The historic Sage Inn and Stagecoach Station in Dover, Kansas dates back to 1865 and is currently operated as a Bed and Breakfast.
The Sage Inn was founded by Alfred Sage after he and his brother John and their families moved to Kansas from Iowa. Originally from Sommersetshire, England the Sage’s immigrated to New York in 1848 and moved to Iowa in 1854. Active in the abolitionist movement the Sage’s decided to move to Kansas in July 1856 to help Kansas become a free state.
Traveling by way of the “Lane Trail” John and his wife Elizabeth and Alfred and his wife Mary were among the first thirty wagons to come into Kansas using the Lane Trail which had been established by General James Lane as a safer way of passage for anti-slavery immigrants to come into Kansas. The Sage’s and their group were met by John Brown at Nebraska City, Nebraska and escorted to Topeka, Kansas.
After arriving in Kansas the Sage brothers settled on land along Mission Creek southwest of Topeka in Shawnee County, Kansas. As active abolitionists it is thought that the Sage’s might have been part of the Underground Railroad that aided runaway slaves seeking their freedom. Alfred’s first wife died after which he joined the Union Army as part of the Kansas Battalion. In 1864 he remarried Mary Ann Buell whose family had settled in the area in 1854 and owned the land that the Sage Inn would be built on.
The original part of the Sage Inn was built in 1865 on the banks of Mission Creek to serve as a stagecoach stop providing food and lodging for travelers on the Southwest Trail. The inn was strategically located at one of only two fords over Mission Creek and at the eastern edge of the scenic Kansas Flint Hills. Located one day’s travel from Topeka and another day’s journey to Council Grove the Sage Inn was situated to be an important stop for travelers. At that time Alfred Sage signed a contract with the Southwestern Stage Company and he and is brothers John and Mark began to build what would be known as the Sage Inn.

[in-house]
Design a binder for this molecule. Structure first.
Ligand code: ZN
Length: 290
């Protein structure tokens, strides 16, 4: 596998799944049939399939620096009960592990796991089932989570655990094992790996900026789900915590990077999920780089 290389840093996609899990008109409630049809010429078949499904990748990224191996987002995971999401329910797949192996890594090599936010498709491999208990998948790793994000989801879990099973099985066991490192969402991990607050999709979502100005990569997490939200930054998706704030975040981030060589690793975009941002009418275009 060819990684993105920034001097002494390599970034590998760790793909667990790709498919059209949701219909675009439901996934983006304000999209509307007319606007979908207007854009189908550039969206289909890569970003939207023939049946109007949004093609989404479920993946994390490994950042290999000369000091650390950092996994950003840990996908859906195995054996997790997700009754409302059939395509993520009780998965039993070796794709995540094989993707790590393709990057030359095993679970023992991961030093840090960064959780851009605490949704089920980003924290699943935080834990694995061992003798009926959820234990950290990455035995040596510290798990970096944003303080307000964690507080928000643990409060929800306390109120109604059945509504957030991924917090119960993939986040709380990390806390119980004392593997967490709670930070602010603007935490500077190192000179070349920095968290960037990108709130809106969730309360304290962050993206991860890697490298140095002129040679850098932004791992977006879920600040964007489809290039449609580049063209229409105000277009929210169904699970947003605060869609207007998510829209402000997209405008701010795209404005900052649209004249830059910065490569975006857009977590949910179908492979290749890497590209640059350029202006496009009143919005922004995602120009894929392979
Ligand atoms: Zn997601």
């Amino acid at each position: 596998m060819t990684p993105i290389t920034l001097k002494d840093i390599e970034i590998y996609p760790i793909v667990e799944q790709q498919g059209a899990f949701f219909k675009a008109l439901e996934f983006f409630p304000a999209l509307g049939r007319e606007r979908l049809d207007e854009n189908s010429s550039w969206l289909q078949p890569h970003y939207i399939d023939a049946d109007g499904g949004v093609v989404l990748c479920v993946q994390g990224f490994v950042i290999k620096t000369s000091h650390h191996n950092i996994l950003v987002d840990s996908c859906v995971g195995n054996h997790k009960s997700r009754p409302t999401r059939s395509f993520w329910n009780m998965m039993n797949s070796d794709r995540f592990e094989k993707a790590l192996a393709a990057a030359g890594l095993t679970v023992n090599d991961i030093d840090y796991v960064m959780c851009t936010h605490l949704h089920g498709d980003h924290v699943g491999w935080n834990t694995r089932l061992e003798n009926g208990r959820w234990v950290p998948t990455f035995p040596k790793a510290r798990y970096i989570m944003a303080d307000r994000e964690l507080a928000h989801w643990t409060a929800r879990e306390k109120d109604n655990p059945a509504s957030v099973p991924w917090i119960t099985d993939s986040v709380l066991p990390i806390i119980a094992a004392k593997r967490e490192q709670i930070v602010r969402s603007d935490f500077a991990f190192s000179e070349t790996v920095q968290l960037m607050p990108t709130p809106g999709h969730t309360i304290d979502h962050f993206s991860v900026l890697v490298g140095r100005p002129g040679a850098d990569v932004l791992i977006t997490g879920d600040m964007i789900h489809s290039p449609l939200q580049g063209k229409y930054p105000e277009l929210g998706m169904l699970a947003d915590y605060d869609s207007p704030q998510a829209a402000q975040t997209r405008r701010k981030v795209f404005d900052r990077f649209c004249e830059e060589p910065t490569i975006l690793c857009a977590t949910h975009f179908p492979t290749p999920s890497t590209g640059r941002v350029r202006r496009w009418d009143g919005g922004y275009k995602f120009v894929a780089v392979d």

Both Mark and John were well known stone masons who built many stone homes, barns and bridges in Shawnee and Wabaunsee Counties. They also were masons on the original Kansas Capitol building in Topeka from 1866-1869 as well as helping build the Crane farm which is the administration building for the Topeka Cemetery.
In 1878 the inn was expanded to the seven-gable stone inn that exists today. During the peak of its activity the Sage Inn Stagecoach Stop also included an ice house, blacksmith shop, livery stable and corals for the stage line stock.
Built into the side of a hill the building appears to be only two stories from the front but actually is a three story structure that features 18 inch thick walls of native limestone. Alfred Sage operated the Inn from 1865 until his death in 1905. In addition to the Inn Mr. Sage built the General Store of Dover which is located south of the Inn and also had a grist mill. The Sage family were founding fathers of Dover, Kansas which was named after Dover, England.
With seven bedrooms and 6-1/2 bathrooms the historic Sage Inn is used as a Bed and Breakfast today. Located south of Topeka, Kansas and featuring beautiful landscaping and a historical setting the Sage Inn offers travelers a unique place to stay whether they are traveling across the state of Kansas or just want a getaway to spend some time relaxing from the bustle of city life.
For more information please see the website for the Sage Inn Stagecoach Stop and Bed and Breakfast.